With training camp starting up soon, there are a few exciting battles for positions taking place across the NBA. Whether it be for a starting position or rotation minutes, there are places where minutes are up for grabs. We got you covered here at Today’s Fastbreak, and we’ll start with the Clippers’ starting small-forward spot.
Los Angeles is blessed with two of the best players in the league in Chris Paul and Blake Griffin, and a third star in DeAndre Jordan. The bench, however, was an abject disaster last year, and the Clippers couldn’t make it out of the second round.
Doc Rivers did his best to address the bench, and his roster turnover also included losing last year’s starting small forward in Matt Barnes. But he acquired interesting wings to replace Barnes in Paul Pierce, Wesley Johnson and Lance Stephenson. So, the question remains, who will start alongside Paul, J.J Redick, Griffin and Jordan on opening night?
This was set up to be the most compelling starting competition this year, but Rivers has already conceded that Johnson has the inside track, despite being the worst player of the group.
Pierce is clearly the player who will get the first crack at fourth-quarter minutes, but Rivers will want to keep the veteran fresh this season. Keeping Pierce on the bench to start each half could shave about six minutes a game off his playing time, and that’s very significant for a 37-year-old.
Stephenson is a rebuilding project who likely works better off the bench, but there are questions there as well. Charlotte bet on Stephenson being able to play off the ball more than he did in Indiana, and that backfired horribly. He had one of the worst three-point shooting seasons ever, as he shot 17.1 percent on his 105 attempts.
Paul and Griffin will dominate the time of possession in the starting lineup, and that lineup could use real shooters around them. Redick is a good start, but with two non-shooters down low in Griffin and Jordan, the Clippers really need two wings who can shoot, and until Stephenson proves last year was an aberration, he isn’t that player.
The issue with Stephenson coming off the bench as a ball-dominant second unit player is Jamal Crawford is already firmly entrenched in that role. Crawford typically handles the ball when Paul goes to the pine and needs to be a fairly high usage player to be effective as well. Stephenson and Crawford don’t seem like a match made in heaven.
Will Rivers be able to use both Stephenson and Crawford enough to their liking if neither of them starts? It’ll be difficult as long as Crawford is on the roster. Starting Stephenson would eliminate that issue but exacerbate the spacing problems the Clippers have with that unit.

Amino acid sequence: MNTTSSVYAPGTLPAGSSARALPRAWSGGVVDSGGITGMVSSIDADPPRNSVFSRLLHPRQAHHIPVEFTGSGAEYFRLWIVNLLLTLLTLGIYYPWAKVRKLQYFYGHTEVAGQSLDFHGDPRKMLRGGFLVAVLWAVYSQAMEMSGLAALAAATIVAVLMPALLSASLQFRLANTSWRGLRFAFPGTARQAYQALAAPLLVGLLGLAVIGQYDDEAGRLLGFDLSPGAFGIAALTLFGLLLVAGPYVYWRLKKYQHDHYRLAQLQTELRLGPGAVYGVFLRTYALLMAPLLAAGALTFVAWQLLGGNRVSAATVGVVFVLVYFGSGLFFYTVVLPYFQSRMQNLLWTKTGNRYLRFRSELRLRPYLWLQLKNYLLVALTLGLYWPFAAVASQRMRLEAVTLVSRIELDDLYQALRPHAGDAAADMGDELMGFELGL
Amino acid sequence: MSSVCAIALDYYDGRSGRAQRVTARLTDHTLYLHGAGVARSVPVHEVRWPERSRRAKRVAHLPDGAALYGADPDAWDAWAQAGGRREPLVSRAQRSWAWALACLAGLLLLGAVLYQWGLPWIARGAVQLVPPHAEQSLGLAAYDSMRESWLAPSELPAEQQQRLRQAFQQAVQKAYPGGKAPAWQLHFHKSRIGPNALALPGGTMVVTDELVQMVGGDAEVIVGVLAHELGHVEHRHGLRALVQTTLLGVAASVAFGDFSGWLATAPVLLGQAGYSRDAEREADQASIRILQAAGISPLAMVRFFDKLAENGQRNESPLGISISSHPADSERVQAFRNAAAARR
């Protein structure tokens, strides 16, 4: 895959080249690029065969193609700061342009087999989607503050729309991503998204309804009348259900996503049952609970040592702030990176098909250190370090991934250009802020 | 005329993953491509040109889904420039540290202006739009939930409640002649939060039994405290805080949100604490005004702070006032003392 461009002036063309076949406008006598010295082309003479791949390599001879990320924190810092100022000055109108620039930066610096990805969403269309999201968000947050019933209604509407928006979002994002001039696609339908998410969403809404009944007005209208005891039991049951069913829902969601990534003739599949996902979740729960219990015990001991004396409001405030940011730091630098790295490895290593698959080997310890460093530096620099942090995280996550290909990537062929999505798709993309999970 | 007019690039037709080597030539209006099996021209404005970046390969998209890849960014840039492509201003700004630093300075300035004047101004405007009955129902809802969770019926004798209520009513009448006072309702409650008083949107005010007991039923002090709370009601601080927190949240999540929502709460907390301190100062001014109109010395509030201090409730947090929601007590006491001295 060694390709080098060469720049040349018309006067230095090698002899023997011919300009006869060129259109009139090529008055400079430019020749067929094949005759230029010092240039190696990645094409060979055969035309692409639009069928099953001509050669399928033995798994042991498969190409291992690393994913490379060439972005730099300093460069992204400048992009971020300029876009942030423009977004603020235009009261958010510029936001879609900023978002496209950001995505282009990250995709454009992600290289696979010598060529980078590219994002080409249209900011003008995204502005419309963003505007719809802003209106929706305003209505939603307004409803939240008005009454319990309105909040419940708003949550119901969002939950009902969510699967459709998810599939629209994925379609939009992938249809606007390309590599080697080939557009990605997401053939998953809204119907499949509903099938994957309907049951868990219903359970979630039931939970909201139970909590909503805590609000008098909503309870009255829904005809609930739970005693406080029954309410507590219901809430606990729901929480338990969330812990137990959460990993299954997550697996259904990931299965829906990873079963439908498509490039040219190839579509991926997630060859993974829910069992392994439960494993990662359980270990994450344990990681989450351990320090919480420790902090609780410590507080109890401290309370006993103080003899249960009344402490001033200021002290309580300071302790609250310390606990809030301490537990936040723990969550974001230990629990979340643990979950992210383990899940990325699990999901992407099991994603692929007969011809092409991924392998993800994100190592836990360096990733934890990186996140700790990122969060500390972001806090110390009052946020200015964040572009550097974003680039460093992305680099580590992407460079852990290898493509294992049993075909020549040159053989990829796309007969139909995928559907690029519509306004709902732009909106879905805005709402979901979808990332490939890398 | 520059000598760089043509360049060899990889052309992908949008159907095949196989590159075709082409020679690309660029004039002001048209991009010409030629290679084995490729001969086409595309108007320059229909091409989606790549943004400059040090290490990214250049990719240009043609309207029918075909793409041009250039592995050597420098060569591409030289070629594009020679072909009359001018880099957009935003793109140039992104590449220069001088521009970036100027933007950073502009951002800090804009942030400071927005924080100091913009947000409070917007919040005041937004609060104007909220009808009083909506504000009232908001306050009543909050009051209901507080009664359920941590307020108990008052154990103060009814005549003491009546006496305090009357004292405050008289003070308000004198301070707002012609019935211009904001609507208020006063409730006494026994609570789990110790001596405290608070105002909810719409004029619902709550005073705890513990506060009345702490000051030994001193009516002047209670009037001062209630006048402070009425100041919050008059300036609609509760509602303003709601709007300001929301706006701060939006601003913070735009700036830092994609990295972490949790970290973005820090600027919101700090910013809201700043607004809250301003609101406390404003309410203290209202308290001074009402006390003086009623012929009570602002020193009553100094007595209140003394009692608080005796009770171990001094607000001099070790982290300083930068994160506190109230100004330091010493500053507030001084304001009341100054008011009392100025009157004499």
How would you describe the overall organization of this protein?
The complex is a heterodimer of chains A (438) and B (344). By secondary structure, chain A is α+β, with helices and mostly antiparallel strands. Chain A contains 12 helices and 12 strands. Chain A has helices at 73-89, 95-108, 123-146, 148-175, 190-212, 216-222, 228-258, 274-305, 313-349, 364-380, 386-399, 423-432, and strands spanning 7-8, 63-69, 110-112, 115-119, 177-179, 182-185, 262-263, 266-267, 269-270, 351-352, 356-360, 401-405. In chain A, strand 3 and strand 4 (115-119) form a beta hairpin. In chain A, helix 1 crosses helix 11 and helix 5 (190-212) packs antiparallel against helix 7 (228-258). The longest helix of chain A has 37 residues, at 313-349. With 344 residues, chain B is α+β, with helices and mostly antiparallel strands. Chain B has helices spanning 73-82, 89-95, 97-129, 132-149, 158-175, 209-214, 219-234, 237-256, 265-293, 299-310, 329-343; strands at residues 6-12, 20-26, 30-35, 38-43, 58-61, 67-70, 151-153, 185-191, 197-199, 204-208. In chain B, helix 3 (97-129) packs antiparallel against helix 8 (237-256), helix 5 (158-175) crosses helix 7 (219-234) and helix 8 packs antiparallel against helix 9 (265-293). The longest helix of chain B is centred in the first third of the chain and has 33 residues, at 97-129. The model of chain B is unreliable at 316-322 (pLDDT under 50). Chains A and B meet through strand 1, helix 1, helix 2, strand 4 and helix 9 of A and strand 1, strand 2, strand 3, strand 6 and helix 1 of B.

Johnson is the favorite to start right now, most likely because he fits the role more seamlessly than Stephenson and won’t have the minutes restriction of Pierce. The problem is Johnson isn’t very good. He’s a decent three-point shooter (35.1 percent last season), but he doesn’t do anything else well offensively. He’s shot under 41 percent for his career, a very low number for a player who doesn’t shoot all that much.
While Johnson is a decent defender, he’s not the stopper Los Angeles would like to have playing alongside Redick. Redick is better defensively than he’s given credit for, but nobody would mistake him as someone who will take the opposing team’s best wing and shut him down. That’s what Barnes tried to do last year, and that duty will fall to Johnson if he does start.
Both Pierce and Stephenson have shown higher defensive upsides in the past than Johnson. Pierce’s best days are behind him, but he still makes life tough on opponents’ key possessions by being in the right spot and having some of the best defensive instincts in the league. He can’t do it all game or all season, but there are still moments where Pierce leaves you marveling at how great he can be.
Stephenson was abysmal on defense last year, but that seemed to be more effort and failure to even try and grasp Charlotte’s defensive system. He was out of place often, gambled way too much and never put forth enough effort to get consistent stops.
In Indiana, Stephenson was never the primary stopper, but he flashed some defensive upside. When he’s engaged, Stephenson does a good job of using his strength and quickness to prevent penetration. If Rivers can get Stephenson’s head on straight, the maligned guard could be a key piece defensively.
Yet, there are still going to be moments, particularly early on, where Stephenson struggles. That’s why Johnson seems like the safest choice, as Rivers knows what he’s getting on both ends of the floor. Johnson will do just fine as the starter in the regular season, but come playoff time, the Clippers will need to lean heavily on Pierce and Stephenson to get the job done.